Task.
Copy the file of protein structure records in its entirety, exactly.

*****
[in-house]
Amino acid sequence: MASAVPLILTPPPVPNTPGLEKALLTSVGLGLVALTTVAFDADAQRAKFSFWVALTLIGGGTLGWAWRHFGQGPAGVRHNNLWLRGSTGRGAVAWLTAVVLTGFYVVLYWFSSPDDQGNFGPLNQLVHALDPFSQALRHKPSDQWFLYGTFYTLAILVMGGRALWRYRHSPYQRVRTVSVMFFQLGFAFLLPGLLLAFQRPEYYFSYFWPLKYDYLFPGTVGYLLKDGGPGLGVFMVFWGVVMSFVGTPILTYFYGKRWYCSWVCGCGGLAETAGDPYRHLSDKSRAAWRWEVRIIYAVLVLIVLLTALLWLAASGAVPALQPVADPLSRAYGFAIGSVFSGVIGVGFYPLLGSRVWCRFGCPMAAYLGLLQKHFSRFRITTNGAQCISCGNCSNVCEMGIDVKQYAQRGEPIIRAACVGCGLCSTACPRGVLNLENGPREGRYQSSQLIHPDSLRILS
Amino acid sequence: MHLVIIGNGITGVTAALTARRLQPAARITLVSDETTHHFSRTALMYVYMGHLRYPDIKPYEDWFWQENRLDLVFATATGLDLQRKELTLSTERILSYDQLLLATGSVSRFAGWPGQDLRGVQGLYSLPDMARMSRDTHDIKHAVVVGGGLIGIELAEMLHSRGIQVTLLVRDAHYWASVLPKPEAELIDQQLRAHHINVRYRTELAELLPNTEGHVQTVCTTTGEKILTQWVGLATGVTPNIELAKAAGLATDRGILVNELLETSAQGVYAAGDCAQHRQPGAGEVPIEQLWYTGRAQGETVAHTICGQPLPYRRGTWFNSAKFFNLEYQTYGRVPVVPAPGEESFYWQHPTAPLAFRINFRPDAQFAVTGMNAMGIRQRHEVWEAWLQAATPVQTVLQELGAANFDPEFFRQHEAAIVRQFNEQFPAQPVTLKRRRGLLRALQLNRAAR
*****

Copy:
[in-house]
Amino acid sequence: MASAVPLILTPPPVPNTPGLEKALLTSVGLGLVALTTVAFDADAQRAKFSFWVALTLIGGGTLGWAWRHFGQGPAGVRHNNLWLRGSTGRGAVAWLTAVVLTGFYVVLYWFSSPDDQGNFGPLNQLVHALDPFSQALRHKPSDQWFLYGTFYTLAILVMGGRALWRYRHSPYQRVRTVSVMFFQLGFAFLLPGLLLAFQRPEYYFSYFWPLKYDYLFPGTVGYLLKDGGPGLGVFMVFWGVVMSFVGTPILTYFYGKRWYCSWVCGCGGLAETAGDPYRHLSDKSRAAWRWEVRIIYAVLVLIVLLTALLWLAASGAVPALQPVADPLSRAYGFAIGSVFSGVIGVGFYPLLGSRVWCRFGCPMAAYLGLLQKHFSRFRITTNGAQCISCGNCSNVCEMGIDVKQYAQRGEPIIRAACVGCGLCSTACPRGVLNLENGPREGRYQSSQLIHPDSLRILS
Amino acid sequence: MHLVIIGNGITGVTAALTARRLQPAARITLVSDETTHHFSRTALMYVYMGHLRYPDIKPYEDWFWQENRLDLVFATATGLDLQRKELTLSTERILSYDQLLLATGSVSRFAGWPGQDLRGVQGLYSLPDMARMSRDTHDIKHAVVVGGGLIGIELAEMLHSRGIQVTLLVRDAHYWASVLPKPEAELIDQQLRAHHINVRYRTELAELLPNTEGHVQTVCTTTGEKILTQWVGLATGVTPNIELAKAAGLATDRGILVNELLETSAQGVYAAGDCAQHRQPGAGEVPIEQLWYTGRAQGETVAHTICGQPLPYRRGTWFNSAKFFNLEYQTYGRVPVVPAPGEESFYWQHPTAPLAFRINFRPDAQFAVTGMNAMGIRQRHEVWEAWLQAATPVQTVLQELGAANFDPEFFRQHEAAIVRQFNEQFPAQPVTLKRRRGLLRALQLNRAAR